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A Bit Too Previous

H. H. Sheldon
Publication Information
Journal: 
Condor
Volume: 
9
Issue: 
4 (July-August)
Section: 
From Field and Study
Year: 
1907
Pages: 
111

A Bit Too Previous

Spring fever, as it is commonly called, when a fellow just feels like breaking the traces and getting far away from the strenuous wear and tear of civilization, I believe comes with the first hint of spring to every nature lover who is closed up in an office.

It comes in many different forms. Sometimes it is a smell, sometimes a picture, or a look into the pages of an old field book. Or perhaps a day's trip thru the foothills will bring reminiscences of the freedom and serenity of getting far into the mountains away from the city's strife. But here is an instance when spring came, as it seemed to me at the time, in midwinter. The end of February being a holiday, I was looking over some bird skins in our log cabin at San Anselmo, when the familiar squeaky notes of a Hummer brought me to the door to see what might be doing. Everything was still, and seeing some Juncos close by, I imagined I heard them and not the Hummer, their notes being at times very much the same--especially when the Hummer is poised in the air at some flower uttering those sharp short notes. However I leaned against the door and waited. Back came the little green Anna with her mate. They dropped to the ground under a laurel, the male spreading out his gorgeous neck feathers and making quite a love scene with Anna. Finally like a shot he went his way, and she lost herself ten feet above the spot in the laurel. I walked over to the tree and after a diligent search discovered her sitting on a frail little nest about half built. She soon became restless at my gaze and left the nest, but soon came back with a large piece of cotton, tucking it under her breast with her bill and pulling it vigorously with her feet into place. Noting how roughly she bustled around in the nest, I was somewhat astonished when later in the day I peered into it and saw a set of eggs, one dark in incubation, and, as it proved, this must have been laid about the 12th of February.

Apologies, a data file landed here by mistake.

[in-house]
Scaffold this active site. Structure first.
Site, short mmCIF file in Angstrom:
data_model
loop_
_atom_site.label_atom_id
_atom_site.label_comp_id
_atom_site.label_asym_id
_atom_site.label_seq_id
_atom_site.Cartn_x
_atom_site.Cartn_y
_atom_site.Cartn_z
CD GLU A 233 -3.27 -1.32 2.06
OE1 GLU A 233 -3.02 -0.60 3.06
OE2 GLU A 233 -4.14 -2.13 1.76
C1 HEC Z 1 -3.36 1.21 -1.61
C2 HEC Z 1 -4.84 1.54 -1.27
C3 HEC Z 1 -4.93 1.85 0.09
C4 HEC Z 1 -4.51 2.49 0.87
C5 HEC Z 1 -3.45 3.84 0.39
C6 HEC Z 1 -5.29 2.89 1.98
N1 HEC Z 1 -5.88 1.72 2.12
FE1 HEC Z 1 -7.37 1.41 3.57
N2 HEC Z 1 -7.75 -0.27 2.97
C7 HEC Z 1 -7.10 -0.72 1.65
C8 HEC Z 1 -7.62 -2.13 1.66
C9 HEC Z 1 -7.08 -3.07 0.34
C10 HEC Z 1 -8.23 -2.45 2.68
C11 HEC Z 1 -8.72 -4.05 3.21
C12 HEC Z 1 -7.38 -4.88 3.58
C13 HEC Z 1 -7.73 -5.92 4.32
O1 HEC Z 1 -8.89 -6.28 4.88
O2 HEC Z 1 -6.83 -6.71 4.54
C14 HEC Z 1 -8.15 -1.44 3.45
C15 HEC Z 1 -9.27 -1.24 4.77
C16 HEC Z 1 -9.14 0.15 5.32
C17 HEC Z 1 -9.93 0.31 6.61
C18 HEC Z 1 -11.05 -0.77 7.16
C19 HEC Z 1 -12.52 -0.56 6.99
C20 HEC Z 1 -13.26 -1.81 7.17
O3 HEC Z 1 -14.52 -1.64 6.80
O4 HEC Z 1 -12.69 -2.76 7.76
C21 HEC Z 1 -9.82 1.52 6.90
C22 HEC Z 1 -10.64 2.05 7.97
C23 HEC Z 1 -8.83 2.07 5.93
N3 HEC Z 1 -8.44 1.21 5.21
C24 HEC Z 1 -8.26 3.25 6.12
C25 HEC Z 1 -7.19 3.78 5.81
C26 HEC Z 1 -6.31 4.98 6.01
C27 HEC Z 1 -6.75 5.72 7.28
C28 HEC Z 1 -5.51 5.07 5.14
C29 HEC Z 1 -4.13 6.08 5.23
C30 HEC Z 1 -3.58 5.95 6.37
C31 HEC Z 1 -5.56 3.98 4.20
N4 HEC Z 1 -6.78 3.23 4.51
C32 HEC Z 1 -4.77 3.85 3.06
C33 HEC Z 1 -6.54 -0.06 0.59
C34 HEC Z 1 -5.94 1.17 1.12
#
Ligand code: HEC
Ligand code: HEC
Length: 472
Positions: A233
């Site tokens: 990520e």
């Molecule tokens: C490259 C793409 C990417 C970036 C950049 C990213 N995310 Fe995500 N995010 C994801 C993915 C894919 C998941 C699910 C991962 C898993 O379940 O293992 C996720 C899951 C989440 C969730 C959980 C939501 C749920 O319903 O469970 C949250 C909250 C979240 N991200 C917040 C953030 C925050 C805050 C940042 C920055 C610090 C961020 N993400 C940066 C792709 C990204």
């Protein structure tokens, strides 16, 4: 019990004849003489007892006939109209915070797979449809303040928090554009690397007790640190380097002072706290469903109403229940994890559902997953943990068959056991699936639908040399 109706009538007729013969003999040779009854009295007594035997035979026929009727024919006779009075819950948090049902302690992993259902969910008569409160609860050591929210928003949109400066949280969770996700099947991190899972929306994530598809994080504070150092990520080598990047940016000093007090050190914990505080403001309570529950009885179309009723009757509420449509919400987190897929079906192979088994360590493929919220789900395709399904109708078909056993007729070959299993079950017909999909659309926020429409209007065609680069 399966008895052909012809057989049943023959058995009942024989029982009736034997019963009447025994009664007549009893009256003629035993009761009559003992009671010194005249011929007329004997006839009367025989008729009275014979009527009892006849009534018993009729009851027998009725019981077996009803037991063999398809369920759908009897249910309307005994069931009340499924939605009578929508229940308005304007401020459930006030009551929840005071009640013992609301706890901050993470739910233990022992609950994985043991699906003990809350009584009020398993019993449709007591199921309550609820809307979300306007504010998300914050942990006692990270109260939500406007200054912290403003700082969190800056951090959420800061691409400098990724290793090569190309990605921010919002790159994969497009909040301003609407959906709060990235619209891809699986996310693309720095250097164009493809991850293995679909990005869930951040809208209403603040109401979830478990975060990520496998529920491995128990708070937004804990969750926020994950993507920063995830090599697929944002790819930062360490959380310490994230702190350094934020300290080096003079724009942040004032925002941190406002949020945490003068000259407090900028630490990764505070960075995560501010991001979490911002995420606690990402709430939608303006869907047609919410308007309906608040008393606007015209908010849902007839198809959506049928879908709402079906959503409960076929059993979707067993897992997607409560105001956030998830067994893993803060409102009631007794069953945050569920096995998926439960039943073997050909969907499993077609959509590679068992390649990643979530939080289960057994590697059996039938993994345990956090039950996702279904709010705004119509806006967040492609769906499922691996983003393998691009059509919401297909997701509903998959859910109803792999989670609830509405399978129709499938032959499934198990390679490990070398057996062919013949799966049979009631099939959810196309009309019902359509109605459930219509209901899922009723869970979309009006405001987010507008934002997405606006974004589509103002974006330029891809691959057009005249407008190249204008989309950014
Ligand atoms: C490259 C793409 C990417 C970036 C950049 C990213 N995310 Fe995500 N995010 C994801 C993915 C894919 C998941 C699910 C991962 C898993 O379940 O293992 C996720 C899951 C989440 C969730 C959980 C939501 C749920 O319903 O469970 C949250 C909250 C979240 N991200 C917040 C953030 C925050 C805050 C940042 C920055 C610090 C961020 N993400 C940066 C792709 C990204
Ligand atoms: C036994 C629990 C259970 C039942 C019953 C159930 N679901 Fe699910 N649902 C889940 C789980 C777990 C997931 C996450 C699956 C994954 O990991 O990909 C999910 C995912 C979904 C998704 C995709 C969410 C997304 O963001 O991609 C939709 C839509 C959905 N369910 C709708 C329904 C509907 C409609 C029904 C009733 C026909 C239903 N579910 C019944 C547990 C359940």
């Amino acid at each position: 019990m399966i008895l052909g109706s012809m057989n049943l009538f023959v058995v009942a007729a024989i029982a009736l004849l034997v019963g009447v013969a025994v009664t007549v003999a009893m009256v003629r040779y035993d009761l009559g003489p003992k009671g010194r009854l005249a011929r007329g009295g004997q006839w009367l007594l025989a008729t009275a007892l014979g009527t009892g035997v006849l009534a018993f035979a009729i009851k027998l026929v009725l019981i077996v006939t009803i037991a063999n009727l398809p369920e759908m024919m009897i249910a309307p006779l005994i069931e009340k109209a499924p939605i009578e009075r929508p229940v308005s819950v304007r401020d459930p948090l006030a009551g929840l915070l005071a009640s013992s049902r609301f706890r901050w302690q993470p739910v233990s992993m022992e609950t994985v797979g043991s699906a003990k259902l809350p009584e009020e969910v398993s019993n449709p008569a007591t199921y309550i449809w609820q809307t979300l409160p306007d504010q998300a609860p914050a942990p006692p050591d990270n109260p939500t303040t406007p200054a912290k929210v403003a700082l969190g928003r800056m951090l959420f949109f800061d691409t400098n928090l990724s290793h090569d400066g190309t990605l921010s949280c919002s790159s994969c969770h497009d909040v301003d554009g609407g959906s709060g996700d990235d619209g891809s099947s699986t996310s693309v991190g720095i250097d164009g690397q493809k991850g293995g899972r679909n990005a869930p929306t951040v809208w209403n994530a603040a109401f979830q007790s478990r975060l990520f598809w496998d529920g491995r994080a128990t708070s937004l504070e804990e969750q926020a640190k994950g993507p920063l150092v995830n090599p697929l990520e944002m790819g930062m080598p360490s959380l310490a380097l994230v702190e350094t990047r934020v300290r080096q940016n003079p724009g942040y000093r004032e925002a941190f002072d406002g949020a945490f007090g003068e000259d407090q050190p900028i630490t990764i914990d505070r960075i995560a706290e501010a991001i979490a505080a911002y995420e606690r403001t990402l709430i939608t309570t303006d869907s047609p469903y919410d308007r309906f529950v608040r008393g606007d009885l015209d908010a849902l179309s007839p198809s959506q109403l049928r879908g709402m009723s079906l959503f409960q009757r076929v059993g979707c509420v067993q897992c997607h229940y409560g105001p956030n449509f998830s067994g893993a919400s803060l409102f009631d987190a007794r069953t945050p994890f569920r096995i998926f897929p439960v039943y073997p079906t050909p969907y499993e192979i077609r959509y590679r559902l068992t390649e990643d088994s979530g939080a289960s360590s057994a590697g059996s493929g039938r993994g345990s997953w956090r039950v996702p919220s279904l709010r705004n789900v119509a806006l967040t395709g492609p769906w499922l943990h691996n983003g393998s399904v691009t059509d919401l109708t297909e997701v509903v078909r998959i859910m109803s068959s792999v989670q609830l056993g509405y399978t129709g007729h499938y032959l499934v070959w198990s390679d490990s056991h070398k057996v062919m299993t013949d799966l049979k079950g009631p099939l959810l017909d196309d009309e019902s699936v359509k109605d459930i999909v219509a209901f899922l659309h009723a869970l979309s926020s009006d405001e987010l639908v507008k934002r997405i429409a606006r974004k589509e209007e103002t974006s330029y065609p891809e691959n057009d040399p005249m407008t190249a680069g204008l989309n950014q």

I have never come across anything just like this in the nesting habits of birds, but the Hummers being early nesters and on account of the rains, I judge in this instance it was a case of sit close to save the nest and contents. Hence the one egg incubated and the other perfectly fresh.

Being the earliest date at which I have ever found a Hummer nesting, I feel safe in saying that San Anselmo has a record for early Hummer's nests, and at the same time the discovery has relieved me of the indescribable craving for spring.

H. H. SHELDON

San Francisco, California

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